Salvia miltiorrhiza Bunge, commonly called danshen, is widely used in traditional Chinese medicine, to treat cardiovascular diseases and inflammatory processes1,2,3. This specie is regarded as a medicinal model plant because of its small genome, short life cycle, and amenability to stable genetic transformation4. Lipophilic diterpenoids (mainly tanshinones) and hydrophilic phenolic compounds (such as salvianolic acids; SaA) are the major active compounds found in its roots5,6,7,8. Tanshinones are a group of abietane diterpenes which includes dihydrotanshinone I (DHt), tanshinone I (TI), Cryptotanshinone (CTt) and tanshinone II A (TII). They all share relevant biological activities, such as anti-oxidant, anti-inflammatory, antibacterial, and even antitumoral properties8,9. The culture of S. miltiorrhiza hairy roots has been previously used to study the biosynthesis of tanshinones10,11,12,13 and other secondary metabolites14,15,16. However, low yields of tanshinones are typically obtained, as their production is associated with plant growth inhibition12.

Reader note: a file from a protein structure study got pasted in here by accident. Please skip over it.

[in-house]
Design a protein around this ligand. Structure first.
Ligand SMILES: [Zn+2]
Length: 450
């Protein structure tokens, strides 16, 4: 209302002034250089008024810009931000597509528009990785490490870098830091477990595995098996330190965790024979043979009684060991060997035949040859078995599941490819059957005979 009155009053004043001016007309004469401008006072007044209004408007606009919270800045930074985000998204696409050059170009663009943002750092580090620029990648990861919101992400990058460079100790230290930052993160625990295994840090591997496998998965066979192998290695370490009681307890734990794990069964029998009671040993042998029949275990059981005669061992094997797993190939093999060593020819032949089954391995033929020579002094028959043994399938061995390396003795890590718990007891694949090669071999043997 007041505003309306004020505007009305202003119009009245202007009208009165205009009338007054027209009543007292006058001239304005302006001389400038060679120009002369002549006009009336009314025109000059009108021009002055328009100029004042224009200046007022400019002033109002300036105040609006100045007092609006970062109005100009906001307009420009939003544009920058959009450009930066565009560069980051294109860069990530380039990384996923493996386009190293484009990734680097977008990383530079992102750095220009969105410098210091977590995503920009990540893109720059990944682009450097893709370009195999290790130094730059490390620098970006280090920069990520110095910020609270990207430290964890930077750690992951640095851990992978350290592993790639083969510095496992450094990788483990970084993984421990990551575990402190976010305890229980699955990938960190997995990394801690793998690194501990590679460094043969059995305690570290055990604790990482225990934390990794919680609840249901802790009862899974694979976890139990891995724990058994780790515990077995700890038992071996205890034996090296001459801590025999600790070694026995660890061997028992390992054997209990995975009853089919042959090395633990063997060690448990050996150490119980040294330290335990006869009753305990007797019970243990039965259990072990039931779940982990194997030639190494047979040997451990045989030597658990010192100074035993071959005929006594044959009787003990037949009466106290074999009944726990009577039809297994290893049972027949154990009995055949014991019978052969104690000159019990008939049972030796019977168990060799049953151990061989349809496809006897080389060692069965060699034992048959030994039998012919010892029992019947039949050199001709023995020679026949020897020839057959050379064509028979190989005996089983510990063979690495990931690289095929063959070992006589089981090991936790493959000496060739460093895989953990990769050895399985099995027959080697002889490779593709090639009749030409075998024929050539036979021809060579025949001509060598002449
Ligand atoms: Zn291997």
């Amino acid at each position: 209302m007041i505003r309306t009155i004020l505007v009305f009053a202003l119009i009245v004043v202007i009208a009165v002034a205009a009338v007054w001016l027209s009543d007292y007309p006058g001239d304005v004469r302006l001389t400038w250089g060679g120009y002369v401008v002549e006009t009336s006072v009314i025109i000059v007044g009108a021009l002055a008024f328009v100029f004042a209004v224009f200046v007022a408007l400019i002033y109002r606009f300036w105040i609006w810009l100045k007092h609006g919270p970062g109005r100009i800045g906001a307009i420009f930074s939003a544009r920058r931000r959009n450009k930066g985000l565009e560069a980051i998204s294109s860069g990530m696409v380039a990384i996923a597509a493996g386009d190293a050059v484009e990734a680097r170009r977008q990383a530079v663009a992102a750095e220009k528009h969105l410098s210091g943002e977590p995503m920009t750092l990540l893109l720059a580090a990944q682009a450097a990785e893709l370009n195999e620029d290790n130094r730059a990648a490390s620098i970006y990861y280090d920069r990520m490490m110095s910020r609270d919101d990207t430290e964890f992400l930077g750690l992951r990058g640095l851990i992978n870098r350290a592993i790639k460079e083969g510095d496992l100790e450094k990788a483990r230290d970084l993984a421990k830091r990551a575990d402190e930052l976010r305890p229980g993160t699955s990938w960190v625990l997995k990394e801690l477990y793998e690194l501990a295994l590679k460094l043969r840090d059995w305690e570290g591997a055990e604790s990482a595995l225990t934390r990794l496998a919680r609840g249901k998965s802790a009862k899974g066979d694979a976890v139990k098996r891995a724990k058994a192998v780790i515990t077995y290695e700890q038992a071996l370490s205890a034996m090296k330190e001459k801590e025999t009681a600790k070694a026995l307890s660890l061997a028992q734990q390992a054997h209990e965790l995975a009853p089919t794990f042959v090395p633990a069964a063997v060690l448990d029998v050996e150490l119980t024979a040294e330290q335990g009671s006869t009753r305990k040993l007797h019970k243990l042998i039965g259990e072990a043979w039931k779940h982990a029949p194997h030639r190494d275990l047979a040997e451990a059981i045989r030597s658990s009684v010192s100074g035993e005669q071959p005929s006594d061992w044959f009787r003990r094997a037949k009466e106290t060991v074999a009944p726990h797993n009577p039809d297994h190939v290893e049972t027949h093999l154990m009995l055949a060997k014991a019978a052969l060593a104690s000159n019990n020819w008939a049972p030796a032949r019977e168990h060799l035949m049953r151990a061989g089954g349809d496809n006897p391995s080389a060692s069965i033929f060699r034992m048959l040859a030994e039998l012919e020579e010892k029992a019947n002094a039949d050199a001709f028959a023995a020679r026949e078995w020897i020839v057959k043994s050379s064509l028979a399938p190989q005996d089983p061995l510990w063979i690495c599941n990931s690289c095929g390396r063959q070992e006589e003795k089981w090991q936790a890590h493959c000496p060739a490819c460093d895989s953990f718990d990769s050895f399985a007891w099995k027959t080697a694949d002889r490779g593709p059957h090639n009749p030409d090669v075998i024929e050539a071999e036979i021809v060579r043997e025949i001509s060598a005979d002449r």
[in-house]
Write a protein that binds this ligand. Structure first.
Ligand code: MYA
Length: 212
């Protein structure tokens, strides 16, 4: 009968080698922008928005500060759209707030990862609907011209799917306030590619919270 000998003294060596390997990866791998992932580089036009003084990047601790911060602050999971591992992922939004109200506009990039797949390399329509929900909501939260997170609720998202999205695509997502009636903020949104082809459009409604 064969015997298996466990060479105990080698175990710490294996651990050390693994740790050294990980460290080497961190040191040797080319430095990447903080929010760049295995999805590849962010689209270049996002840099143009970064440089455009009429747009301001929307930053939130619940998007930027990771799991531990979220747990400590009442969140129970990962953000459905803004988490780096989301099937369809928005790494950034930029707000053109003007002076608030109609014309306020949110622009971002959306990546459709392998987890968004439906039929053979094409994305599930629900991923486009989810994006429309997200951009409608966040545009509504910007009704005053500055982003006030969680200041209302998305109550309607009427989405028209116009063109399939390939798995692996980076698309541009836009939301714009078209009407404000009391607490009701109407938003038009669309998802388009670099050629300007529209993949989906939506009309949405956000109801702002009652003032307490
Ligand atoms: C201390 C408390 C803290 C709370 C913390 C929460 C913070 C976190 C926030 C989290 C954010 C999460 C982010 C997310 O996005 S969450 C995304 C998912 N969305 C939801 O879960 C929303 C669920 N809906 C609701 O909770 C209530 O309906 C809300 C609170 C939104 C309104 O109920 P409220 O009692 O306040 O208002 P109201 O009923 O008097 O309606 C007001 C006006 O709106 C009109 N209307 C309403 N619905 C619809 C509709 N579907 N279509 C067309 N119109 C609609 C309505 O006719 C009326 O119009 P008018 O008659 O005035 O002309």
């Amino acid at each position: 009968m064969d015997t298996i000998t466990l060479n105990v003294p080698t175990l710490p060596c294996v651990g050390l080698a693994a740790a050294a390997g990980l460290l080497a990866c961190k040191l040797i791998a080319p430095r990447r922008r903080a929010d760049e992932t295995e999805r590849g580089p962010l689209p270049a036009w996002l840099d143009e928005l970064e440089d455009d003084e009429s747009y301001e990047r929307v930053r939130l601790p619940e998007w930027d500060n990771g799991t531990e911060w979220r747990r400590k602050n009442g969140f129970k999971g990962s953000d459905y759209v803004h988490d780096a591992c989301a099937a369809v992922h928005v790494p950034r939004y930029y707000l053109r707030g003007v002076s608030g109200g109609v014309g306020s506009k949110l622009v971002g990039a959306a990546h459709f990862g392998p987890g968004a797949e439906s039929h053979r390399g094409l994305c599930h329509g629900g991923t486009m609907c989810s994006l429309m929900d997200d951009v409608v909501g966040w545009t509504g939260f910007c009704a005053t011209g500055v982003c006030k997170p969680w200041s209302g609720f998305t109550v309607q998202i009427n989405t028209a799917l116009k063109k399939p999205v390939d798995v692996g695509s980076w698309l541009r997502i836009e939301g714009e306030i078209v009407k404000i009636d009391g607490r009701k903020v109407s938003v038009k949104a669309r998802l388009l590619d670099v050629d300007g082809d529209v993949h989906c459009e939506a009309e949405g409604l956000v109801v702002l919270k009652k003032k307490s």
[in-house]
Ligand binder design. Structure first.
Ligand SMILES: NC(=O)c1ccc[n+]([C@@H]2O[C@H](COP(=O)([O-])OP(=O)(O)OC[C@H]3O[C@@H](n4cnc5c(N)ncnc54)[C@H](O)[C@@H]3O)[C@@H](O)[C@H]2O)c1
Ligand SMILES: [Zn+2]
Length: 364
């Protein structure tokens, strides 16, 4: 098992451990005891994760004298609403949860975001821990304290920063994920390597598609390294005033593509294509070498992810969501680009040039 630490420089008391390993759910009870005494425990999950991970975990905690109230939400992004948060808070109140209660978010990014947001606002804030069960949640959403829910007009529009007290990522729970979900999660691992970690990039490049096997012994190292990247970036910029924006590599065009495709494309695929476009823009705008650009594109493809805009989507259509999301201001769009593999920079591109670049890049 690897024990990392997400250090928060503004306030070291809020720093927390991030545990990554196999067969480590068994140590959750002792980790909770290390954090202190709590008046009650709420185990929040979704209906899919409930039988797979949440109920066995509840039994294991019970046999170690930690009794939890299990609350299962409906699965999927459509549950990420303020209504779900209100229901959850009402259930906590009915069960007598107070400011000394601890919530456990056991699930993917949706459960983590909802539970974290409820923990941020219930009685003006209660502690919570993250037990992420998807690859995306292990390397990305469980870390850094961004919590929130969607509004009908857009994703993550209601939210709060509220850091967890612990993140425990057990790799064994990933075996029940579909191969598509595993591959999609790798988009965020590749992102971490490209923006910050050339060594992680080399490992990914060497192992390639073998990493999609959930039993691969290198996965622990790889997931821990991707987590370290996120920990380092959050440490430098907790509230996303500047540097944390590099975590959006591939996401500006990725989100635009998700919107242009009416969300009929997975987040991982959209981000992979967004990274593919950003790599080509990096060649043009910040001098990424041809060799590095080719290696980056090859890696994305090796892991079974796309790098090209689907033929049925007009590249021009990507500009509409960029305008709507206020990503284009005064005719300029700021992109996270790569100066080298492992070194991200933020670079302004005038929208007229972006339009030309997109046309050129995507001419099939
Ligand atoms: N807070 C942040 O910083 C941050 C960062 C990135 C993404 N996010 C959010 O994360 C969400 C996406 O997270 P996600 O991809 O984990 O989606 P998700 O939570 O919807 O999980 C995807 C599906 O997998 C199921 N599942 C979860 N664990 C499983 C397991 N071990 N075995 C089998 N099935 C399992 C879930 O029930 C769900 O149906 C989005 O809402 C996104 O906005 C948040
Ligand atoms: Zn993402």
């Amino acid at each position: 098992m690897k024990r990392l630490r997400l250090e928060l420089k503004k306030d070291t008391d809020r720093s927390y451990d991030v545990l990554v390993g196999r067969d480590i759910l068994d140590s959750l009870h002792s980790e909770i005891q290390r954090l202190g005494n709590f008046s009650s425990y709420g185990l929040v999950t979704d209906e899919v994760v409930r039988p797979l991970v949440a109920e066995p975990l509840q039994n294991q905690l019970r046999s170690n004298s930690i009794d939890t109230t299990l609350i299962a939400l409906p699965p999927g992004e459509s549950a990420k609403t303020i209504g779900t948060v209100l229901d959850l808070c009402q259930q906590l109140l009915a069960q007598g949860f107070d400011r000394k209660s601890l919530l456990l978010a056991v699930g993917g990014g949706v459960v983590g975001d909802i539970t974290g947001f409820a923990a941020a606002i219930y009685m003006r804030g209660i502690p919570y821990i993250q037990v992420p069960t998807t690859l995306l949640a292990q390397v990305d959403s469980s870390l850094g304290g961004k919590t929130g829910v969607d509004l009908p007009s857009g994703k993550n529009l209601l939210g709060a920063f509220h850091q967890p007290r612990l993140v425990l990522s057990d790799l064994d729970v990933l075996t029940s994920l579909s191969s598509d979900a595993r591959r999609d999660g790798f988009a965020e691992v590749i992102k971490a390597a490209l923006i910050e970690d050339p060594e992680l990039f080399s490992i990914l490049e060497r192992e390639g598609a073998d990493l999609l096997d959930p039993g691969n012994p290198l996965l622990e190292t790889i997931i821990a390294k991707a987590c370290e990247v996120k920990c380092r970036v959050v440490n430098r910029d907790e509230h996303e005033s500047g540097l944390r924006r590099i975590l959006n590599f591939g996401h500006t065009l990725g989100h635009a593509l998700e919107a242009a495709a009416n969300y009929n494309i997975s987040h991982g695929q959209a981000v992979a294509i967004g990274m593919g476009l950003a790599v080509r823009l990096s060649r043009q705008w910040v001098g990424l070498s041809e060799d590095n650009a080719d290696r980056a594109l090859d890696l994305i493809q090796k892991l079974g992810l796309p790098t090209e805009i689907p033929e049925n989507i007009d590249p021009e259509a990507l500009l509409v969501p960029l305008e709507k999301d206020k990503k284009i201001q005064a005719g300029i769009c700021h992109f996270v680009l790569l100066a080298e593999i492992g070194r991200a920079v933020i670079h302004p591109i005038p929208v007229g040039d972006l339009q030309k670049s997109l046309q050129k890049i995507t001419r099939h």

Many pharmacological active compounds are naturally produced in response to different kind of environmental stresses as temperature changes, drought, pathogens attack and osmotic stress3,16,17,18,19, hence their production in tissue cultures could be stimulated by biotic and abiotic agents through a strategy called elicitation20. Elicitors such as methyl jasmonate (MeJA), yeast extract (YE), salicylic acid (SA) and AgNO3 (Ag+), used individually or in combination, can efficiently stimulate tanshinone accumulation in S. miltiorrhiza hairy roots9,21,22. Previous works have reported a 1.2 and 3.1 fold increase in the total tanshinone content over the control after 4 days of treatment using Ag+ (30 μM) and YE (100 mg L−1) elicitation respectively18,23. These treatments also increased SaA content16. The combination of both elicitors has shown to improve the tanshinone production in S. miltiorrhiza hairy root cultures much more significantly than individual treatments. The total tanshinones content can be increased by about 20% in comparison with a single elicitor9 and phenylpropanoid biosynthesis suppressed8. The effect of an elicitor on the secondary product yield is usually dependent on the dosage, time of elicitor addition to the culture and culture conditions9,12. Although significant progress has been made in elicitor uses and effects, little is known about the molecular regulation mechanism at cellular, physiological and biochemical level through which those stress agents induce the active compound accumulation.